Esperanza’s vocal talent has always drawn my attention just as much as her bass playing, and her singing here is no exception to this. In fact, the way she seems to have shifted up her vocal phrasing from the past is one of D+Evolution’s greatest strengths. She has moved very far away from the more soul- and latin-music-influenced vocal delivery that can be found in her past work. On D+Evolution, more than anything, we hear the influence of a Hejira-era Joni Mitchell. This is particularly evident in the tone with which Esperanza elongates words while singing, the strongest examples of this being on “Noble Nobles”, a track featuring a Mitchell-esque mix of acoustic and electric guitar, and on the piano driven “Earth To Heaven”, the first half of this tune containing verse structures that instantly reminded me of Joni Mitchell classics.
One of the bests tracks here that also fit that description is “Judas”, which features Esperanza singing some brilliantly crafted verses that float between a fast and more drawn out vocal delivery throughout. A similar vocal juxtaposition can be found on “One”, a standout track of this record, with the epic and heavy delivery of the hook eventually giving way to verses sung in a light and playful cadence that strongly reminds me of Minnie Riperton. Other highlights are “Unconditional Love”, a track featuring a hazy, arguably psychedelic atmosphere with an extremely catchy hook, and “Ebony & Ivory” a song where lyrically Esperanza addresses education and its relation to race and history in the United States. “Ebony & Ivory” opens with a stark and fast deadpan vocal delivery that returns between the sung verses, during which Esperanza unleashes what can only be interpreted as scathing criticism (“Ocre, ivy, brick, and leather bound books built up by heavy lock crooks with unburdened minds of bastardized Darwinian logic projected as hard evidence on backs and faces of our ancestral culprits wasted, toiling as a majority of plantated crimes”).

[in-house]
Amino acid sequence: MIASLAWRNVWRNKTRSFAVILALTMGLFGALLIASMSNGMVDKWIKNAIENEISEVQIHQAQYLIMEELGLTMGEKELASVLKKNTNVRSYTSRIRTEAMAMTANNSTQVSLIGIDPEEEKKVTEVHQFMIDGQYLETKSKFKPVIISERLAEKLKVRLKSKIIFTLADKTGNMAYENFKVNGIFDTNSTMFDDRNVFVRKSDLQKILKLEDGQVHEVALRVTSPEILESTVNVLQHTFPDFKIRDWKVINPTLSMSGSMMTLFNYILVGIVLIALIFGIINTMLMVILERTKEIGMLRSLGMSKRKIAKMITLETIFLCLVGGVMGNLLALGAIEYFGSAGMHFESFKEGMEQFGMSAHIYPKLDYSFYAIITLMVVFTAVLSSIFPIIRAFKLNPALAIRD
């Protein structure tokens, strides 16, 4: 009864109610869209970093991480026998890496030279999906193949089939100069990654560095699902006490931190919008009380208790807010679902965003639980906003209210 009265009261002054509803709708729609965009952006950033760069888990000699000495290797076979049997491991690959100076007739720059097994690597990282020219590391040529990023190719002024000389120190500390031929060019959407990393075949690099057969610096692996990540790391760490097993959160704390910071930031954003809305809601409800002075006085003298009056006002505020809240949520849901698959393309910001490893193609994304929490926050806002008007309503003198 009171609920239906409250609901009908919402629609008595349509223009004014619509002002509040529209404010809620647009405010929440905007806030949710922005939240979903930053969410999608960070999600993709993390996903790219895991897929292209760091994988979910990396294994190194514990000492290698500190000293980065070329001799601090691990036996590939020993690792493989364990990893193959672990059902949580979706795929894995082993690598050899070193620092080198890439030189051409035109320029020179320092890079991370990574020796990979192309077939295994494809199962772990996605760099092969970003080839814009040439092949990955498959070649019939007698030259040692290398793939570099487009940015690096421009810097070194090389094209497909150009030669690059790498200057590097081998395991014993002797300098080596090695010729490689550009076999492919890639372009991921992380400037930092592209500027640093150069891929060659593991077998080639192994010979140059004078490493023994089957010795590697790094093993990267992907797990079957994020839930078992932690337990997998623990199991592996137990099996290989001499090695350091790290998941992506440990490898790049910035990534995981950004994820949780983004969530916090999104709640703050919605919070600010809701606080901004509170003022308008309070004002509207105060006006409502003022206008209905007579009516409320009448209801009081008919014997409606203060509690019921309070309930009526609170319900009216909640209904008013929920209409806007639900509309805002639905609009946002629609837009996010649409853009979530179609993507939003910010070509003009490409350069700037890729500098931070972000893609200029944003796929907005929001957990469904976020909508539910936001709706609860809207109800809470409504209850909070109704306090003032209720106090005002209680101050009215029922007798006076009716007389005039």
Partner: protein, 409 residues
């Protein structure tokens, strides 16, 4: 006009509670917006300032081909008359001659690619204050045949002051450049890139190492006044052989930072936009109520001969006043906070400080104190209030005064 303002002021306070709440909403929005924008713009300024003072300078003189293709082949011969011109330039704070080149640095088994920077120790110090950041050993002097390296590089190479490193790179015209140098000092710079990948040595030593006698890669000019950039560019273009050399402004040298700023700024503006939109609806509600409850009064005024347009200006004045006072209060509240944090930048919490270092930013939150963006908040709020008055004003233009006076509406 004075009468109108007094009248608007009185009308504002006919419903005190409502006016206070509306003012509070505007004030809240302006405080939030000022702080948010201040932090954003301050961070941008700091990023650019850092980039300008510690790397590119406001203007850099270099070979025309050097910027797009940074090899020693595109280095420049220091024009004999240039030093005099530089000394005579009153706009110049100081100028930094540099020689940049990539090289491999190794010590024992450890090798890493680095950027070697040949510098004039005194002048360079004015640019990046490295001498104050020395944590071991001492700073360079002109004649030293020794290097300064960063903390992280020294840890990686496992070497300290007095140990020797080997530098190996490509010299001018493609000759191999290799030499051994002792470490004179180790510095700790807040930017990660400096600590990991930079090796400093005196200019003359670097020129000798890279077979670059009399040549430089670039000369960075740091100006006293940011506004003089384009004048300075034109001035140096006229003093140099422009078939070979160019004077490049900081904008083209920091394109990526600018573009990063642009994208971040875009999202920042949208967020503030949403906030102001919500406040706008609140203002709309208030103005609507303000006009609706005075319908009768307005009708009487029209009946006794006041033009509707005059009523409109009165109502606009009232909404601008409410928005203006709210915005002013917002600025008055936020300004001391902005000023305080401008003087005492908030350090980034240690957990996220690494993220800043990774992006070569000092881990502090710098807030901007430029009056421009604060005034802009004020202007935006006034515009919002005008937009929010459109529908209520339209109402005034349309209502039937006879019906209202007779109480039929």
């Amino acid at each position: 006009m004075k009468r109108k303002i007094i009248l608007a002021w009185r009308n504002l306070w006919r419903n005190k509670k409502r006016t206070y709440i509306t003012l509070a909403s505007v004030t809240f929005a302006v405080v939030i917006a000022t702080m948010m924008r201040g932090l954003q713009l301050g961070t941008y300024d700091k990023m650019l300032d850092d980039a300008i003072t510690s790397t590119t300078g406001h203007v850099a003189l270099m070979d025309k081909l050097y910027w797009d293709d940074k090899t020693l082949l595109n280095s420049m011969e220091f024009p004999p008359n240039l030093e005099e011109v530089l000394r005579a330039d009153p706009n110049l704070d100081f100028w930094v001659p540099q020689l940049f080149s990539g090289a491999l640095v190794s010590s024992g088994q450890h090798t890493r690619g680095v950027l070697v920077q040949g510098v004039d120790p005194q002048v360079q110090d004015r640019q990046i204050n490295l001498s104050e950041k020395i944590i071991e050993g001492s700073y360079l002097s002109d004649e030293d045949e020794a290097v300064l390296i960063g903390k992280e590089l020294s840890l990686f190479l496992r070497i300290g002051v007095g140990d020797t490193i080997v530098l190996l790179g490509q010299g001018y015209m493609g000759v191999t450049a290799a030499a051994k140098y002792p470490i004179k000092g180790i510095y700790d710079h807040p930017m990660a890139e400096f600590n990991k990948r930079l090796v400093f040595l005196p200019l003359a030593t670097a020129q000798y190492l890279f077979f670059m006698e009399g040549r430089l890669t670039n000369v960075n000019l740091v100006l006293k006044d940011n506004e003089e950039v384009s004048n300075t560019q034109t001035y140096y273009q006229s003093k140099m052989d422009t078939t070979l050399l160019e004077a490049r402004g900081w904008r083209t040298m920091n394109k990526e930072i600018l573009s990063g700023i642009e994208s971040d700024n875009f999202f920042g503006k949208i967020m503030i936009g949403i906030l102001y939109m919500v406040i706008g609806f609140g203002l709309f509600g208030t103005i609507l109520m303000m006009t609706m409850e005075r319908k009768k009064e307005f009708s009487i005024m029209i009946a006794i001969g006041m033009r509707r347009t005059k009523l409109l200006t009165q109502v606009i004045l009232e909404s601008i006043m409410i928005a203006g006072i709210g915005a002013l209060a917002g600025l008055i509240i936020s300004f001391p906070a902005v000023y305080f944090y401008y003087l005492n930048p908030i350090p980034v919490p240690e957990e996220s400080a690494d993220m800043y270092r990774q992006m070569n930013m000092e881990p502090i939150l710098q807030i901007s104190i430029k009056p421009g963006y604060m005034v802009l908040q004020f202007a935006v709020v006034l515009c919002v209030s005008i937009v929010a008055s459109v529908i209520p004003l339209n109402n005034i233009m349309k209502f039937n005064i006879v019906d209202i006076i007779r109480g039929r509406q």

D+Evolution is a success. Clocking in at 45 minutes, in a world full of bloated albums, Esperanza has given just enough so that there would be no filler. There is a lot to dig into here, musically, and even the simplest and shortest song, “Farewell Dolly”, a two-minute track with beautiful flutes where Esperanza’s bass is the center of attention, works as a great interlude-like track. Don't get me wrong—there are lowlights, but even the worst songs here are good. These are probably “Funk The Fear”, which is based around a catchy sequence of tightly played notes that a times feels a bit too structured to be funky, and the Willy Wonka cover album closer, “I Want It Now”, which has a song structure that seems a bit odd and out of place on this record. Despite this, “I Want It Now”, has a beautiful portion in the middle which leads into Esperanza giving the album a theatre-like ending over some dramatic instrumentation. The album is filled with variety and gorgeous moments like this, such as the psychedelia-laden middle portion of “Good Lava” (which is backed up with some killer drumming), the instrumental switch in “Rest In Pleasure” (check around the 2:30 mark), or those fuzzy guitars that come in during the verses of “Elevate or Operate”. Emily’s D+Evolution is a tight package that should appeal to fans of Janelle Monáe and Joni Mitchell’s more jazzy endeavors, or anyone who is looking for some well crafted, ambiguous music, with elements of jazz, rock, and folk accompanied with some stellar singing. B PLUS